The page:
Researchers discover 35 million-year-old insect trapped in an amber
Thanks to an international research collaboration involving the University of Granada (UGR), a previously undescribed species of insect has been discovered: Calliarcys antiquus.
Belonging to the species of mayflies, Arnold Staniczek of Stuttgart's State Museum of Natural History discovered the species, which was embedded in a chunk of Baltic amber thought to be between 35 and 47 million years old.
The insect was able to be thoroughly examined and identified thanks to the expertise of Professor Javier Alba-Tercedor of the UGR's Department of Zoology, who used microtomography to produce clear photographs of the insect.
The findings were published in Scientific Reports on September 8.
"The conservation of the specimens trapped inside the amber is often excellent, and the transparency of the material that surrounds them enables them to be studied, under a microscope, in great detail," explains Professor Alba-Tercedor in the statement, referring to the newly found insect's discovery.
"But, in other cases, the level of transparency is not good because the areas of opacity that form preventing certain details from being examined," comments Alba-Tercedor.
When limited transparency is a problem, X-ray microtomography (a technique similar to that used in hospitals to study patients' organs) is invaluable in studying amber-preserved fossil specimens.
Compared to other species
The previously undescribed species of mayfly was then studied by comparing it to extant species of the genus thanks to the expert knowledge of Roman Godunko of the Institute of Entomology of the Czech Academy of Sciences. In addition, given the importance of molecular studies in characterizing species and determining their evolutionary position, the University of Łódź in Poland was also consulted.
Finally, Michal Grabowski and Tomasz Rewicz's team concluded their investigation by analyzing the DNA of the genus' living animals.
"In short, it all started with the discovery of a beautiful insect preserved in amber, which attracted the attention of the expert eyes of a scientist. And this ultimately required the enthusiastic collaboration and detective work of five scientists based in research centers located in four countries, who, after applying the latest techniques, were finally able to name and describe an insect that has remained locked inside a drop of amber for millions of years," says Professor Alba-Tercedor.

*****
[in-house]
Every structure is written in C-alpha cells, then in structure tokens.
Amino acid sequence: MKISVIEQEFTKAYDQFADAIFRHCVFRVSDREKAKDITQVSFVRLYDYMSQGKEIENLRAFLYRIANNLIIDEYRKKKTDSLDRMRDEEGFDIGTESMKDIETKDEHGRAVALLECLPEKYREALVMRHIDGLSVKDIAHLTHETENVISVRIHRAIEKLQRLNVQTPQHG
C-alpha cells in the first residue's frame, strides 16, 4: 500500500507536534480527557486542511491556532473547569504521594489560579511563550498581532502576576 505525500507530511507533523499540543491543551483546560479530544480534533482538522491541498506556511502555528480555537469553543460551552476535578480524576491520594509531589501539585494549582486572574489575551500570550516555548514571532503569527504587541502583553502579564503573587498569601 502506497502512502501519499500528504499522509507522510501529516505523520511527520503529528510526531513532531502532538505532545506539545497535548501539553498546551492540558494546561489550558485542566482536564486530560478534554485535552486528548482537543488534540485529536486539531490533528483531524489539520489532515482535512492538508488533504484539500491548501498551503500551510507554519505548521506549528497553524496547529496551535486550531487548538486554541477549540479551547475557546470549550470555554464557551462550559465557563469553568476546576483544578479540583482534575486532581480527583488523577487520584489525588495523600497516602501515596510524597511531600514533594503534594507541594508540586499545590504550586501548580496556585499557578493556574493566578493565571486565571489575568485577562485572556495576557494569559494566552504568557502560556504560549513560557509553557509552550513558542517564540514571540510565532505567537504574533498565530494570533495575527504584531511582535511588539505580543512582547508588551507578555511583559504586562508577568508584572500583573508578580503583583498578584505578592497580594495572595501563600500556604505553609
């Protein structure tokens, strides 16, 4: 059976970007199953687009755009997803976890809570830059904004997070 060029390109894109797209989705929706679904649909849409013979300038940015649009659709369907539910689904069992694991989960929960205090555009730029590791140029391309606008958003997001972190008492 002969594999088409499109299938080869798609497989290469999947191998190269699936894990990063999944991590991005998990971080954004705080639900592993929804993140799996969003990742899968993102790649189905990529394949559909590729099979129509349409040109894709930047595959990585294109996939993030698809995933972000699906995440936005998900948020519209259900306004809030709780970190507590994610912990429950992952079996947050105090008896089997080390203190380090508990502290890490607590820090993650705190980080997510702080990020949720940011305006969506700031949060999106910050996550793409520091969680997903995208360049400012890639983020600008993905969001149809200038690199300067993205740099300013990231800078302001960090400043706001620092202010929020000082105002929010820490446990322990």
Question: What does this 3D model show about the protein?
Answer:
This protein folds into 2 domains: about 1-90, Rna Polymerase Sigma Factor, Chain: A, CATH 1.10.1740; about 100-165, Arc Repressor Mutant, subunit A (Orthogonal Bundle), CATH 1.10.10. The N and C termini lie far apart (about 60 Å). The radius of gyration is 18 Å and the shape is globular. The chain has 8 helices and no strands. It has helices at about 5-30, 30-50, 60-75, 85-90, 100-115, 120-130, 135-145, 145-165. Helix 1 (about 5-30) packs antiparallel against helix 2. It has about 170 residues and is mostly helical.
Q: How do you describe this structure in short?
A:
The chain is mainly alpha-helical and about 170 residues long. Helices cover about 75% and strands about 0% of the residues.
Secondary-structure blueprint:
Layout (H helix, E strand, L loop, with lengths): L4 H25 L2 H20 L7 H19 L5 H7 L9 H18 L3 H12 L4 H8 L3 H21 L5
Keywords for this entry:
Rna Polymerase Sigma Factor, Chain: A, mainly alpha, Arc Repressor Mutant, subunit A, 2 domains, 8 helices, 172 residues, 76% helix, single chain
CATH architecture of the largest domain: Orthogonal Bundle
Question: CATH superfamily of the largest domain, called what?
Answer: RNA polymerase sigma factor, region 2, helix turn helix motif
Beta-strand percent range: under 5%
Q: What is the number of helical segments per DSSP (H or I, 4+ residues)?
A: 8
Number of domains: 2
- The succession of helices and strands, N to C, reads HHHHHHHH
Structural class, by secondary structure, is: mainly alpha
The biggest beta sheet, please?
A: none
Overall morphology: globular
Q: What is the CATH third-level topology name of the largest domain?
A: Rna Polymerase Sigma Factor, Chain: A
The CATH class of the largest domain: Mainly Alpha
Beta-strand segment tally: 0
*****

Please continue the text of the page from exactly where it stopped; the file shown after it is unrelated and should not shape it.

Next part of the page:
Mayflies (Ephemeroptera) are among the oldest pterygote insects, with the earliest fossils dating back to the Late Carboniferous. Within mayflies, Leptophlebiidae are a highly diverse and widespread group, with approximately 140 genera and 640 species. Whereas taxonomy, systematics, and phylogeny of extant Leptophlebiidae are in the focus of extensive studies, little is known about leptophlebiid fossil taxa. Because fossil remains of Ephemeroptera in sedimentary rocks are relatively rare, inclusions of mayflies in amber are a unique source of information on their evolution and diversity in the past. Leptophlebiidae found in Cenozoic resins mostly belong to the subfamilies Leptophlebiinae (in Eocene Baltic amber) and Atalophlebiinae (in Miocene Dominican and Mexican ambers). In the present contribution, we confirm the first finding of the genus Calliarcys from Eocene Baltic amber by using Micro-CT, which allowed confirming its generic placement by visualizing diagnostic key characters otherwise hidden by a cloud of turbidity. Additionally, we present first molecular data on the extant species Calliarcys humilis Eaton, 1881 from the Iberian Peninsula and the barcode gap analysis for Leptophlebiinae and Habrophlebiinae.
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